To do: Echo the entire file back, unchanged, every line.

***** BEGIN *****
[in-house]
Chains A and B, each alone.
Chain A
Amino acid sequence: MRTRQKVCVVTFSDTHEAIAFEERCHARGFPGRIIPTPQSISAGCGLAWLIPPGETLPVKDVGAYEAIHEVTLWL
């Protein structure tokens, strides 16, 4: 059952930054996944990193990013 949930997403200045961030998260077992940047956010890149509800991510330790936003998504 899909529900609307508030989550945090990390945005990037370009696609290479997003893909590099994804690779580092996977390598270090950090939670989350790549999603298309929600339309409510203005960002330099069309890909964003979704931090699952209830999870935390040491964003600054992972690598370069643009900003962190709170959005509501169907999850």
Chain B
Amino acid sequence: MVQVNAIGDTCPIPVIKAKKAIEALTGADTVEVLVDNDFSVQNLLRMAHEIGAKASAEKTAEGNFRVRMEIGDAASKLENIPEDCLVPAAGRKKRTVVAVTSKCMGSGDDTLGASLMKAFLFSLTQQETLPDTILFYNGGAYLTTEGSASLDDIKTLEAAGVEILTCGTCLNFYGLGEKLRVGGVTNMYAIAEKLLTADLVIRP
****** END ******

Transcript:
[in-house]
Chains A and B, each alone.
Chain A
Amino acid sequence: MRTRQKVCVVTFSDTHEAIAFEERCHARGFPGRIIPTPQSISAGCGLAWLIPPGETLPVKDVGAYEAIHEVTLWL
């Protein structure tokens, strides 16, 4: 059952930054996944990193990013 949930997403200045961030998260077992940047956010890149509800991510330790936003998504 899909529900609307508030989550945090990390945005990037370009696609290479997003893909590099994804690779580092996977390598270090950090939670989350790549999603298309929600339309409510203005960002330099069309890909964003979704931090699952209830999870935390040491964003600054992972690598370069643009900003962190709170959005509501169907999850």
Chain B
Amino acid sequence: MVQVNAIGDTCPIPVIKAKKAIEALTGADTVEVLVDNDFSVQNLLRMAHEIGAKASAEKTAEGNFRVRMEIGDAASKLENIPEDCLVPAAGRKKRTVVAVTSKCMGSGDDTLGASLMKAFLFSLTQQETLPDTILFYNGGAYLTTEGSASLDDIKTLEAAGVEILTCGTCLNFYGLGEKLRVGGVTNMYAIAEKLLTADLVIRP